I used to be an early riser. While training for a marathon, I woke up at 5:30 to run, eat a wholesome breakfast, then walk to the office while listening to a podcast. But these days, as a freelance writer with frequent deadlines and no set schedule, I’m simply too tired. Optimize my mornings? In this economy? I roll out of bed at eight at the earliest, stumble to my laptop, and an hour later force myself to walk my sleepy dog, Henry.
Successful people, we’re told, take advantage of those early hours, when there are no meetings or work emergencies to hijack the day. In the book My Morning Routine, Benjamin Spall and Michael Xander explain that this is the only time of the day guaranteed to be free of distractions. It sounds like the evil nemesis of my own personal finding—that it’s the last window of opportunity to linger in blissful unconsciousness. Still, rising late makes me feel sluggish and irritable. So I tried getting back to early rising through the imposed discipline of a morning routine.
Spall and Xander asked hundreds of enterprising people about their morning habits, and I decided to go all out with a regimen based on their best practices. On my first day, at 6:23 a.m.—the average wake time of those profiled in the book—I stumbled across my freezing bedroom to turn off the alarm on my phone. The night before, I’d banished the device from my bedside to avoid snooze-button abuse. Most interviewees reported checking their phones right away on rising; squinting at the screen seemed unhealthy, but it did wake me up a little. Then I drank some lukewarm lemon water (the collective morning beverage of choice) while shivering under a quilt in the living room.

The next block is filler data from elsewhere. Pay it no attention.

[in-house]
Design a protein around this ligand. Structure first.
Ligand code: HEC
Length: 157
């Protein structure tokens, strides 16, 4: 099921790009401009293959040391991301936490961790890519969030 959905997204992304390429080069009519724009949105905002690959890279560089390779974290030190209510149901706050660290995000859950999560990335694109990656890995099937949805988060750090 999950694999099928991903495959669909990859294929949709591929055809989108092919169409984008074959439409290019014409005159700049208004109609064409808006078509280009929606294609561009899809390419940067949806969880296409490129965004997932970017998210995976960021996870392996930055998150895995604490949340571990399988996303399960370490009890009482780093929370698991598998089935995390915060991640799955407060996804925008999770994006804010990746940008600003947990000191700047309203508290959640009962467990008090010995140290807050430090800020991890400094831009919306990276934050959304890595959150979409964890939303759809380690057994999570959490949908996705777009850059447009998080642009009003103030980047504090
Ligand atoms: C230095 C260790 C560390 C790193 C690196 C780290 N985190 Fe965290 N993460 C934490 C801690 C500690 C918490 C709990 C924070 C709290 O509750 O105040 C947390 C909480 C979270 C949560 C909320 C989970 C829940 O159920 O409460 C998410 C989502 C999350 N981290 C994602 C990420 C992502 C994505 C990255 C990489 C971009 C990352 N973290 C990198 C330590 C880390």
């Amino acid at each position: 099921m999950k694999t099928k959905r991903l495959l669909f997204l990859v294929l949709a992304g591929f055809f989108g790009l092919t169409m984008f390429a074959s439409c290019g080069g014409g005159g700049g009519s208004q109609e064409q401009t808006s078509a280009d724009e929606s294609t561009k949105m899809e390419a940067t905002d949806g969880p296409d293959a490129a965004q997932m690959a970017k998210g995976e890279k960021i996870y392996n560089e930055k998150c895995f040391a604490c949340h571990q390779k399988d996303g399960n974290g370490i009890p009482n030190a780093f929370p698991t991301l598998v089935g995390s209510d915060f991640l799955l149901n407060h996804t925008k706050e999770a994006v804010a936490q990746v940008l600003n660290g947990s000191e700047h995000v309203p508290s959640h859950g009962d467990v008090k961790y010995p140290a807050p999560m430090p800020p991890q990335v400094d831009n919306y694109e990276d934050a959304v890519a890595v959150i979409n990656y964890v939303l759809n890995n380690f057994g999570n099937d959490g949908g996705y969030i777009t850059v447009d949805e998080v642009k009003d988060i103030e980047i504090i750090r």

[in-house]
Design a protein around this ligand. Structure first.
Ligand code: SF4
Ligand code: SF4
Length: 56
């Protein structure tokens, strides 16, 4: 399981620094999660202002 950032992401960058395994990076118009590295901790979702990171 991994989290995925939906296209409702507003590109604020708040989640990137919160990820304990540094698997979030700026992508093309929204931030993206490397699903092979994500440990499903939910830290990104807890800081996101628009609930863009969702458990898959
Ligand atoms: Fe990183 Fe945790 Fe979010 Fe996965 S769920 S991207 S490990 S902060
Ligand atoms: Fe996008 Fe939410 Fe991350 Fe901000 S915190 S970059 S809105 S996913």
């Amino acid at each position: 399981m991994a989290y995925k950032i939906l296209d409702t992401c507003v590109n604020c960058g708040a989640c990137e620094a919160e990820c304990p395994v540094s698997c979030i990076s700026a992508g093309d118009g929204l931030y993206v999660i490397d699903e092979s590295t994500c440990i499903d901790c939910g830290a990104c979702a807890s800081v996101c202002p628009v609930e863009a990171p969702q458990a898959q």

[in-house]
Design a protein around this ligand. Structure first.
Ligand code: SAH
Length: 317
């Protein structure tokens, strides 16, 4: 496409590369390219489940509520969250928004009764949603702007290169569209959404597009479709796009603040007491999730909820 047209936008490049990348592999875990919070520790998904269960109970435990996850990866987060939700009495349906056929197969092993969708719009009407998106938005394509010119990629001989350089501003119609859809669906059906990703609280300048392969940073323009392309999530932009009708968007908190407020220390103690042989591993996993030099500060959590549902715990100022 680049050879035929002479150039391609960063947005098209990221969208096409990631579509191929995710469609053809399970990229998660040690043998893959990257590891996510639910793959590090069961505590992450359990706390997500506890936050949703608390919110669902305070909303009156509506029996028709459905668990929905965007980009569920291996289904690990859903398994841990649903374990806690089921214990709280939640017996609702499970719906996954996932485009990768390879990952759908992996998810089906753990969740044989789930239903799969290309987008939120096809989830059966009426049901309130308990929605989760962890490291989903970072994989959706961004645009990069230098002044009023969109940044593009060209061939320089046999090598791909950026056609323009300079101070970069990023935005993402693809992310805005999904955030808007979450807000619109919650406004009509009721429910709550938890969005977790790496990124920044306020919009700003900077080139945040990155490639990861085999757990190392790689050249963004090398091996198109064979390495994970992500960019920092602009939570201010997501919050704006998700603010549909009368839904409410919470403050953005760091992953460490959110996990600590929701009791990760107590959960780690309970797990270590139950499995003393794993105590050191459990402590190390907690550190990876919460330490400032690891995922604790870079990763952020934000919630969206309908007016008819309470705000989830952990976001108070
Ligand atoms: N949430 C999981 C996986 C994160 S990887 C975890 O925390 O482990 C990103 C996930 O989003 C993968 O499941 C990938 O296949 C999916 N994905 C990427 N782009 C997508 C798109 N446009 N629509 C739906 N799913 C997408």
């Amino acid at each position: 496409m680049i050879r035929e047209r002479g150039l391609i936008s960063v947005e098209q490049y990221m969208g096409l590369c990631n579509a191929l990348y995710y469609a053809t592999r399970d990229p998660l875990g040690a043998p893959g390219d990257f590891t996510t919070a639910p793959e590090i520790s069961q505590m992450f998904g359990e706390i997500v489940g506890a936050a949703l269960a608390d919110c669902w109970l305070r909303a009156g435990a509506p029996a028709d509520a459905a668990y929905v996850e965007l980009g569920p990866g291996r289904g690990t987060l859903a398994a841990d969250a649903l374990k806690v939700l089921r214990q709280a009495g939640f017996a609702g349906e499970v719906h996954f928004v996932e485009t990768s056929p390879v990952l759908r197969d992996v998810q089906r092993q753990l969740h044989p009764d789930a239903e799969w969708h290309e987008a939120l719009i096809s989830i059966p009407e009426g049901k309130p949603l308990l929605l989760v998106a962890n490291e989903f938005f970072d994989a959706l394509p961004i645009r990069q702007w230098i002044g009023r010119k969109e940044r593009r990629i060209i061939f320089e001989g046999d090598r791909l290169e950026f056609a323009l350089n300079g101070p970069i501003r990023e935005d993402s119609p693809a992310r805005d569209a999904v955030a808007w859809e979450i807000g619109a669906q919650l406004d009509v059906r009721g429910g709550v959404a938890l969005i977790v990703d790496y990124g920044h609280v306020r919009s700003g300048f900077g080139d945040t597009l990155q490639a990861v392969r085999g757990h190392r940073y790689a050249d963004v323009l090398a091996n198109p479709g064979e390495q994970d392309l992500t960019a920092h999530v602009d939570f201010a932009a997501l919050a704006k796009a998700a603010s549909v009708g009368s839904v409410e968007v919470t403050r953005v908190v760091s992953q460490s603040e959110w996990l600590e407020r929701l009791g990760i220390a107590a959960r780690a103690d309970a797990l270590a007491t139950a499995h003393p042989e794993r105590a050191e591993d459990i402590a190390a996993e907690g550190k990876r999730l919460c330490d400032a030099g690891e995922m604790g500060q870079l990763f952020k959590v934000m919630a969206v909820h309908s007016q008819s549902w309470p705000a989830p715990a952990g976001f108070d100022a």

I dozed off during guided meditation, one of the most popular activities on a list that participants in the book chose from for boosting productivity, creativity, fitness, mindfulness, and self-care—the five pillars of a good routine. Most people try to address one or two of these pillars, according to Spall, but I figured I’d go for them all. As I practiced yoga, I began to feel… alert? I doodled a still life, started a draft I’d been avoiding, and, in an attempt at self-care, patted Henry, who snored at my side through the whole sequence.
I stuck to this super-routine for only two days. The parade of tasks felt infuriating in its roteness. I write for a living and have plenty of hobbies; I don’t need to wake up earlier to cram in more creative self-optimization. And it didn’t take long for me to accept that my brain simply refuses to perform difficult work early in the morning.
So I ditched the creativity and productivity elements, but kept the lemon water, an hour of movement, and meditation. I’m sorry to say I’ve stuck with it ever since. I rarely hit snooze—the extra time energizes me more than sleeping does. It feels like I’ve stolen a secret hour for myself. By the time my boyfriend wakes up, I’m infuriatingly chipper.